Ironclads chose to focus on the Union cause and the ending of slavery. Betty, a Virginian who despises slavery, acts as a spy for she is well placed in the right circles. Her love for Catesby Jones, second in command on the Merrimac, overshadows her loyalty to the Union cause. Her role in the movie is to give the Union information about the Merrimac and that would help the war effort, the abolitionist effort.

Ironclads is important in the larger picture of understanding the Civil War in memory because it reflects on 1991 perception of the Civil War and the Battle of Hampton Roads. The Battle of Hampton Roads is revolutionary in naval warfare but controversial in its result. Both sides claimed victory, but some claim a draw. This debate still occurs, even in scholarly works, such as The Battle of Hampton Roads: New Perspectives on the USS Monitor and CSS Virginia. Ironclads did do a good job in the details of the ships, battles, costumes, and other historical points.

Holzer, Harold and Tim Mulligan, eds. The Battle of Hampton Roads: New Perspectives on the USS Monitor and CSS Virginia. New York: Fordham University Press, 2006.

Quarstein, John V. A History of Ironclads: The Power of Iron Over Wood. Charleston, SC: The History Press, 2006.

Ironclads VHS. Directed by Delbert Mann. California: Turner Pictures, 1991.

Civil War in Memory 2013-03-28 00:20:40

This article was written on the March 8 burial of two seaman who served on the USS Monitor. Genealogists have worked to try to figure out the two men’s identities. The USS Monitor‘s historic battle with fellow ironclad CSS Virginia peaked the interest of scholars in preserving the memory of these ships.

http://www.santacruzsentinel.com/usnews/ci_22745925/2-civil-war-sailors-be-buried-at-arlingtonb

Gresko, Jessica. “2 Civil War sailors from USS Monitor buried in VA.” Santa Cruz Sentinel, CA. http://www.santacruzsentinel.com/usnews/ci_22745925/2-civil-war-sailors-be-buried-at-arlingtonb (accessed March 27, 2013).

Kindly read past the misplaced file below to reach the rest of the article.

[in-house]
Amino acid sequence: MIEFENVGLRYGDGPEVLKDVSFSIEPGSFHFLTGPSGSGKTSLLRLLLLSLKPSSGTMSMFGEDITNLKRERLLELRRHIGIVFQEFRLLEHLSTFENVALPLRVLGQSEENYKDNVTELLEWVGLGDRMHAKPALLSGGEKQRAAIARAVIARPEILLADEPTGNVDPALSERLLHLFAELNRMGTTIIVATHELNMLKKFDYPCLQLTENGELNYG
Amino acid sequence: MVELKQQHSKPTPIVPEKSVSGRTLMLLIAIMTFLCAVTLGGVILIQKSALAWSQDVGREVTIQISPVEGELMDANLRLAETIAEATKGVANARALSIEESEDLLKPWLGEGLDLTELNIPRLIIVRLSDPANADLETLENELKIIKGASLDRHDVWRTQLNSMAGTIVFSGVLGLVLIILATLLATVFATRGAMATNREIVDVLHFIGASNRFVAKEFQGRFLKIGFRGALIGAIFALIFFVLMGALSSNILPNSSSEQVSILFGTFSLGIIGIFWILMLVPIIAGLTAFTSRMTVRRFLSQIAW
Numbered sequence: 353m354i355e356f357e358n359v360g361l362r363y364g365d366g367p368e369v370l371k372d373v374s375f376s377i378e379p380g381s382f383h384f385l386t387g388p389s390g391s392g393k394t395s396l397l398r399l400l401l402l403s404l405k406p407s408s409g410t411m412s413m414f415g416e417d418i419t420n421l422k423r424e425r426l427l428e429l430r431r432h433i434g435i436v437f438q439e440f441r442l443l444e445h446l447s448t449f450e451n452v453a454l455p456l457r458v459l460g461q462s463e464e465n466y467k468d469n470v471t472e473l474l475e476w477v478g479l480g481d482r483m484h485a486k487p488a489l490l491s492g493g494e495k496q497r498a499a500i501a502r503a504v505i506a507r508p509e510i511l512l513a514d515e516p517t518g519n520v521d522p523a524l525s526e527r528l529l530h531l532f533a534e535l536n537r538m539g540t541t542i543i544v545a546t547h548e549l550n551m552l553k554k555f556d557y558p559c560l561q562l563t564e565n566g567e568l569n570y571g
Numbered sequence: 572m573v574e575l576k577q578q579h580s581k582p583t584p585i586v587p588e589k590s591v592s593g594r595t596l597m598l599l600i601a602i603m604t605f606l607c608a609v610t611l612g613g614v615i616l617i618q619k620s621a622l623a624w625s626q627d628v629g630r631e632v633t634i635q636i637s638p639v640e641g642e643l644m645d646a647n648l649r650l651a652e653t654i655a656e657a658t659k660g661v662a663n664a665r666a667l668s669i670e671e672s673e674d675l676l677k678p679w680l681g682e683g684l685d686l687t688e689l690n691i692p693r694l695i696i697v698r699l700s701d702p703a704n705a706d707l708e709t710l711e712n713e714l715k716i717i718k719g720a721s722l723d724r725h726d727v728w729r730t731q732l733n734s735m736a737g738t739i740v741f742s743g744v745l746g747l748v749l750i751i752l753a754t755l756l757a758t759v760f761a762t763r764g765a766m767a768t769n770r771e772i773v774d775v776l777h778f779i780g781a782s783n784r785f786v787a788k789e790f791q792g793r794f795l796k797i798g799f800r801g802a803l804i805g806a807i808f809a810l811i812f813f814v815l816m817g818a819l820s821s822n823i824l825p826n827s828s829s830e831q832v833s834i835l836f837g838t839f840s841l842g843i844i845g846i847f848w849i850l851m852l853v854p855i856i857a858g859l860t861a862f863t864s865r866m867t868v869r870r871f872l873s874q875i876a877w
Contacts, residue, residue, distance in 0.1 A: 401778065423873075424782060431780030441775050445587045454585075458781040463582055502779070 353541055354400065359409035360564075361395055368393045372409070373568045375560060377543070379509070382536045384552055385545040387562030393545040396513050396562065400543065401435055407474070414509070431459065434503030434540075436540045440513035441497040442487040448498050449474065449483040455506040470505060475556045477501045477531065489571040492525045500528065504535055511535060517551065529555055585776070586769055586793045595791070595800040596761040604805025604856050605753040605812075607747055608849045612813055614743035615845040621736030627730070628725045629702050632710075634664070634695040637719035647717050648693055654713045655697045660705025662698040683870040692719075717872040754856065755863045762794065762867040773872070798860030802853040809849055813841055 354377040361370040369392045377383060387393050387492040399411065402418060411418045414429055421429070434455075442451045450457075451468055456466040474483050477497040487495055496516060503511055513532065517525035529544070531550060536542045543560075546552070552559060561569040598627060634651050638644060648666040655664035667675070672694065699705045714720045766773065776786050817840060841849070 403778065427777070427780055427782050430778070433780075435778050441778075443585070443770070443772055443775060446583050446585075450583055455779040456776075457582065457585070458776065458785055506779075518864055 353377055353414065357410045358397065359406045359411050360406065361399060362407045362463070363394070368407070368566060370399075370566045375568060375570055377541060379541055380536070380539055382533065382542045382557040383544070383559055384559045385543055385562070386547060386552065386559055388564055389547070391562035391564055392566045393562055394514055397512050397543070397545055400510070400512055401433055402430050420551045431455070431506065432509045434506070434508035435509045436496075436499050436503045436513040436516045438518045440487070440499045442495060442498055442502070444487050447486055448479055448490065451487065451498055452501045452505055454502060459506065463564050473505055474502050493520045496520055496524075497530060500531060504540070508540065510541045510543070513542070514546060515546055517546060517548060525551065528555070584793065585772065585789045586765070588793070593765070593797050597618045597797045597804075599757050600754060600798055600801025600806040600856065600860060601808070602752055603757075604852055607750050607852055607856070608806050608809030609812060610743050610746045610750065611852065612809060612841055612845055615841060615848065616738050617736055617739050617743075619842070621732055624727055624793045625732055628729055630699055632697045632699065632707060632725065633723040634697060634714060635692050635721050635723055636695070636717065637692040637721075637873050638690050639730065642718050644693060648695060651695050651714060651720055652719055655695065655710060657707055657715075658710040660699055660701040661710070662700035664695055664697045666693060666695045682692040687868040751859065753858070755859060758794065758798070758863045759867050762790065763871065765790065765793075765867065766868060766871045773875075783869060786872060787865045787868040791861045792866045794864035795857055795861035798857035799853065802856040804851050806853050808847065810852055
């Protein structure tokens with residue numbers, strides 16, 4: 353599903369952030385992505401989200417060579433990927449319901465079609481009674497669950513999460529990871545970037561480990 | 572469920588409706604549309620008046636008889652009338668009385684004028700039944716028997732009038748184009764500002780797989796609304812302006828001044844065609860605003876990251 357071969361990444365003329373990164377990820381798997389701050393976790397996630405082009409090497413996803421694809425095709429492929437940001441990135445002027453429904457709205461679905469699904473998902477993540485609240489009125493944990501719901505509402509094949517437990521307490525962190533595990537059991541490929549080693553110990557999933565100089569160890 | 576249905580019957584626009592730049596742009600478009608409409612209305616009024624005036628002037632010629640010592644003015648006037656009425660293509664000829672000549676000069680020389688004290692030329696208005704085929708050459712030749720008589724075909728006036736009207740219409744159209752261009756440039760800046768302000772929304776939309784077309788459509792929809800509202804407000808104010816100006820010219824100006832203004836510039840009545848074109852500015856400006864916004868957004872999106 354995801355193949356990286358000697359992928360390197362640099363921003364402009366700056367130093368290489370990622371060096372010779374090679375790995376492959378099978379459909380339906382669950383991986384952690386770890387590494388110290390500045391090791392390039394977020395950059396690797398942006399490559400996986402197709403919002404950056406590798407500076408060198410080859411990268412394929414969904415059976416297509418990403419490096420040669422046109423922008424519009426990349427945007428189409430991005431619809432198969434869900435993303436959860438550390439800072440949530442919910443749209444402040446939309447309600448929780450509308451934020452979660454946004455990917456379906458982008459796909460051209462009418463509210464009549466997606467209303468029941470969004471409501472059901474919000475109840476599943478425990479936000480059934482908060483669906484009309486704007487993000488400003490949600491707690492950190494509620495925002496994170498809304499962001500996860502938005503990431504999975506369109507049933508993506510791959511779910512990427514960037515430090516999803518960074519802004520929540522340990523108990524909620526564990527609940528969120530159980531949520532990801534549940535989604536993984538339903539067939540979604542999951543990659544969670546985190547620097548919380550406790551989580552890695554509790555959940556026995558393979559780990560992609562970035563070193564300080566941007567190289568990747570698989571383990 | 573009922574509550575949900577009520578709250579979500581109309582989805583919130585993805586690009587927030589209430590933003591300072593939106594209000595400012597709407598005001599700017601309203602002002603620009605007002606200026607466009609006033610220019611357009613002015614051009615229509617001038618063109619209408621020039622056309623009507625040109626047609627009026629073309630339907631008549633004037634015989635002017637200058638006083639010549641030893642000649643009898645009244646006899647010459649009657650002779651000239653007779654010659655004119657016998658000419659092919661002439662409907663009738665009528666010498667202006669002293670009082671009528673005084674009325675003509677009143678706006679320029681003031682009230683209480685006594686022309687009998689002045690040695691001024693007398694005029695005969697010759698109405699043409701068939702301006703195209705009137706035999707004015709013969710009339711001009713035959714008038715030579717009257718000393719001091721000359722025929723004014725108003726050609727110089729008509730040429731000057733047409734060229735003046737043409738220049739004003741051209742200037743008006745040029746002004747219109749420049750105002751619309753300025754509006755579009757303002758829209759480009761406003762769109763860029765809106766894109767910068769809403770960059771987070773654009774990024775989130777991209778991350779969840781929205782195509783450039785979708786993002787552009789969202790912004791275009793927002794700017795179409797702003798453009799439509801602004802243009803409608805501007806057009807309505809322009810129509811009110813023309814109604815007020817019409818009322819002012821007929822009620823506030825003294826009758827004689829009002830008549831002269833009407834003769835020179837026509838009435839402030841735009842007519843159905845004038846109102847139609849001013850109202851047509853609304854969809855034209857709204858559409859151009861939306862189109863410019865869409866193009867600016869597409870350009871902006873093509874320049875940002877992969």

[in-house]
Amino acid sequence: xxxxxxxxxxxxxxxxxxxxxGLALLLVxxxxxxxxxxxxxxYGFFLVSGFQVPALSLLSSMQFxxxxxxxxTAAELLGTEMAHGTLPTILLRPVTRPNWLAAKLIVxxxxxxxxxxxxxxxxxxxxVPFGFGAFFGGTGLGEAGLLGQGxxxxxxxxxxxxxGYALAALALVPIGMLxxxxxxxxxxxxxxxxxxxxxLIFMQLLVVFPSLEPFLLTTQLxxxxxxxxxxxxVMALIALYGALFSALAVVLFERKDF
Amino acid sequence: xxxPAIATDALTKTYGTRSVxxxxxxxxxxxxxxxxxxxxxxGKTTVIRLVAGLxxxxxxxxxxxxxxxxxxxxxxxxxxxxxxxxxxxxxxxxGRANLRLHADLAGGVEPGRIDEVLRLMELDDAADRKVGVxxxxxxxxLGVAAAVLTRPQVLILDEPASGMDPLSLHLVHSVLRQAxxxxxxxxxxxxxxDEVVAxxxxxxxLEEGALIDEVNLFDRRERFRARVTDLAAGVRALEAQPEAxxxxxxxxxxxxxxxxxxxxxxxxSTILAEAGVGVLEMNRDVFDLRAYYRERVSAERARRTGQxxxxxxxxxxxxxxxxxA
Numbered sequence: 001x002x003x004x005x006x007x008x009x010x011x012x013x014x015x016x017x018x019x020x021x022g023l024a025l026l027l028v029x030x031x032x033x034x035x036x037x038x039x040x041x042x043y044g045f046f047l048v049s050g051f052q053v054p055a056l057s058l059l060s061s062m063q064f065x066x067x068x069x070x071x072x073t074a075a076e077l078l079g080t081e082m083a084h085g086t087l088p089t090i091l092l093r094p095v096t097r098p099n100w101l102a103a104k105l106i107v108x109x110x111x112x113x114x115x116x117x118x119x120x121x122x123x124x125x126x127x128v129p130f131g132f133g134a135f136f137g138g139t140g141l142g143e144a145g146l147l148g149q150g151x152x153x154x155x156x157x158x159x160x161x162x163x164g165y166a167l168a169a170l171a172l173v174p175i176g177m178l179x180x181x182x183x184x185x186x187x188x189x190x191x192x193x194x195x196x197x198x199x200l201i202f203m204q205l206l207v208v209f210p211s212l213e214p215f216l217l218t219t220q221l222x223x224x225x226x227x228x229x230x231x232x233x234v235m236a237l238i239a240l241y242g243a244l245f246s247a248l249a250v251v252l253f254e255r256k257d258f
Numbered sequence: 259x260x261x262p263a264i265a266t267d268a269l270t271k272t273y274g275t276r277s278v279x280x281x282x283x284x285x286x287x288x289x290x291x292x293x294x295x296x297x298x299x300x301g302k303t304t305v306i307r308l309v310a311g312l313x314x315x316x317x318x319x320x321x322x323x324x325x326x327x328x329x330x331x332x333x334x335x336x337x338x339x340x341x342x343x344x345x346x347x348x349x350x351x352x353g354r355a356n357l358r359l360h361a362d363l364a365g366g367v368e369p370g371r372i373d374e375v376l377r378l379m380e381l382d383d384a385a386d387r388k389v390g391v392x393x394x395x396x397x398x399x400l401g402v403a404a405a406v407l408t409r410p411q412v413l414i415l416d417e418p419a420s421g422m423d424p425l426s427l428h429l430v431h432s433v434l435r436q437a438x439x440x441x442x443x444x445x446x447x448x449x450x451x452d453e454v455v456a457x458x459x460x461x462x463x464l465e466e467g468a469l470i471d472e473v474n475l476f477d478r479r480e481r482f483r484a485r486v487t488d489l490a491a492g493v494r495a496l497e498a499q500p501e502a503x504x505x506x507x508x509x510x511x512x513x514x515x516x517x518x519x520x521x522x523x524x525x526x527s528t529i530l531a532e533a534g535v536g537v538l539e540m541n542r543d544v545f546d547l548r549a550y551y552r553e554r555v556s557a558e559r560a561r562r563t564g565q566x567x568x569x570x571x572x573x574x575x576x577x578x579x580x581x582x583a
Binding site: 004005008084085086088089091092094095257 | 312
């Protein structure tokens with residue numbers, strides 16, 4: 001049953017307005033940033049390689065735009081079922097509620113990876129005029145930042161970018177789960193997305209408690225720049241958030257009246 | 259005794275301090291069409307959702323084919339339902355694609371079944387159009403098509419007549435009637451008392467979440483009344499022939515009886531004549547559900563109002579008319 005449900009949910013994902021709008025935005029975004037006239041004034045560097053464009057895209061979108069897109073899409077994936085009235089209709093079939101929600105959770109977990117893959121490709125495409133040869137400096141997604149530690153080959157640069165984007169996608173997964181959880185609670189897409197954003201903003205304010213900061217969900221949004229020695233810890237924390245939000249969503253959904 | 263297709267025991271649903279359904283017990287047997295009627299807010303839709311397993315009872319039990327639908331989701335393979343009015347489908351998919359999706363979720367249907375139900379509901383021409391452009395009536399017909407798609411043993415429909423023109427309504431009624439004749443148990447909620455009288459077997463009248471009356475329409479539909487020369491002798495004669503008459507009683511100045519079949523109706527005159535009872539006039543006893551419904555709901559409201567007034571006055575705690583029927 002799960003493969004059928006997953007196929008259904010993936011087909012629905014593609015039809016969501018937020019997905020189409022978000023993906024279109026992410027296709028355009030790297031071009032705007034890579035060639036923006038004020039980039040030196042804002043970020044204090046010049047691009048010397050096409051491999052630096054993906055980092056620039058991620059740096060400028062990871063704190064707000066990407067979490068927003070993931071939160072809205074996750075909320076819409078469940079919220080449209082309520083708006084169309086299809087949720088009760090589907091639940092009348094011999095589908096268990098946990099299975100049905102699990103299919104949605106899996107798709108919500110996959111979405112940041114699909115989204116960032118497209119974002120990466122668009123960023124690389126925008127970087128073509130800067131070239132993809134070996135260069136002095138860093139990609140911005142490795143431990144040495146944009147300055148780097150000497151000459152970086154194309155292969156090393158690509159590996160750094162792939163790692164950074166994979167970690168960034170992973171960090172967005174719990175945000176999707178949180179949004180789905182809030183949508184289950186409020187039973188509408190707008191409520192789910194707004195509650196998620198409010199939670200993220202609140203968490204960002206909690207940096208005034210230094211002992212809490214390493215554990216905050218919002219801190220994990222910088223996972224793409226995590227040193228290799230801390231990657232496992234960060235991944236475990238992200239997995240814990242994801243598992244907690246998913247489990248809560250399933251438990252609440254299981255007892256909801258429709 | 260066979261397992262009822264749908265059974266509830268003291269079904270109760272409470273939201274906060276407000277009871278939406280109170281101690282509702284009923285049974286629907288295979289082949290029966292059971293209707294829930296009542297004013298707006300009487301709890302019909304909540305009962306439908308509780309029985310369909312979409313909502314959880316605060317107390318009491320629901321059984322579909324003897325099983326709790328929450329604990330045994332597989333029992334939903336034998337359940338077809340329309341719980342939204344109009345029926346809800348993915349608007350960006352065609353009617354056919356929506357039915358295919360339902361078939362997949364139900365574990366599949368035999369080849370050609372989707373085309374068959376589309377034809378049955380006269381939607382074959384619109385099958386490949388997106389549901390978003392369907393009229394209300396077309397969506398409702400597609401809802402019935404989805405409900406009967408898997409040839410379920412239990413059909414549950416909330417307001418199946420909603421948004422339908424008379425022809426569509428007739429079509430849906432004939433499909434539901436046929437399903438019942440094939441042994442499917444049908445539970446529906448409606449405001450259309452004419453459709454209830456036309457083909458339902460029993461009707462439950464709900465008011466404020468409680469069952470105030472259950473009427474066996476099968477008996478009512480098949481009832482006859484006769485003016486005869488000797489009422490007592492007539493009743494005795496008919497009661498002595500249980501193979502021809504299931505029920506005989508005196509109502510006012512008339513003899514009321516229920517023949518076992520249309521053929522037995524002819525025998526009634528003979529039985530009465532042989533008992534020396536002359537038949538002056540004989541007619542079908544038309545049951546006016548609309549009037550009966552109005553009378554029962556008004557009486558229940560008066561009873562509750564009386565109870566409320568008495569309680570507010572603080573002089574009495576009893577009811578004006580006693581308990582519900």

Upcoming Reenactments- “Living History”

Clover Hill Village, VA is hosting reenactments in April. The article calls reenactments “living history.” It advertises that this will be a chance for people to talk to “soldiers” about every day life during the Civil War and to witness canons and gunfire.

http://www.wpcva.com/times-virginian/news/local/article_5c4a9dd8-96e5-11e2-bb18-001a4bcf887a.html

Times- Virginian, Appomattox, VA. “Clover Hill Village to host reenactments, living history April 5-7.” http://www.wpcva.com/times-virginian/news/local/article_5c4a9dd8-96e5-11e2-bb18-001a4bcf887a.html (accessed March 27, 2013).

Confederate Flag- Heritage not racism

This article fits in perfectly with conversations about the ways in which people talk about the Confederate flag is remembered and used. The United Daughters of the Confederacy shaped public perception of the Civil War by claiming that the war was not fought solely to preserve slavery. The article claims that the South is ignorant in the causes of the war.

http://www.salon.com/2013/03/16/the_south_still_lies_about_the_civil_war/

Thompson, Tracy. “The South Still Lies About the Civil War: In an Ongoing Revisionist Effort, Southern Schools and Churches Still Pretend the War Wasn’t About Slavery.” Salon Media Group Inc. http://www.salon.com/2013/03/16/the_south_still_lies_about_the_civil_war/ (accessed March 20, 2013).

Lincoln statue in Richmond

This article written by Richmond.com tells about the statue at Tregedar put up almost ten years ago. It includes the description on the marker. It is a constant reminder of the commemorations of Lincoln we have put up.

http://www.richmond.com/discover-richmond/article_1af48316-7f99-11e2-b532-0019bb30f31a.html

Riggan, Phil. “Where Am I RVA? Abraham Lincoln At Tregedar.” Richmond.com, February 26, 2013. http://www.richmond.com/discover-richmond/article_1af48316-7f99-11e2-b532-0019bb30f31a.html (accessed February 27, 2013).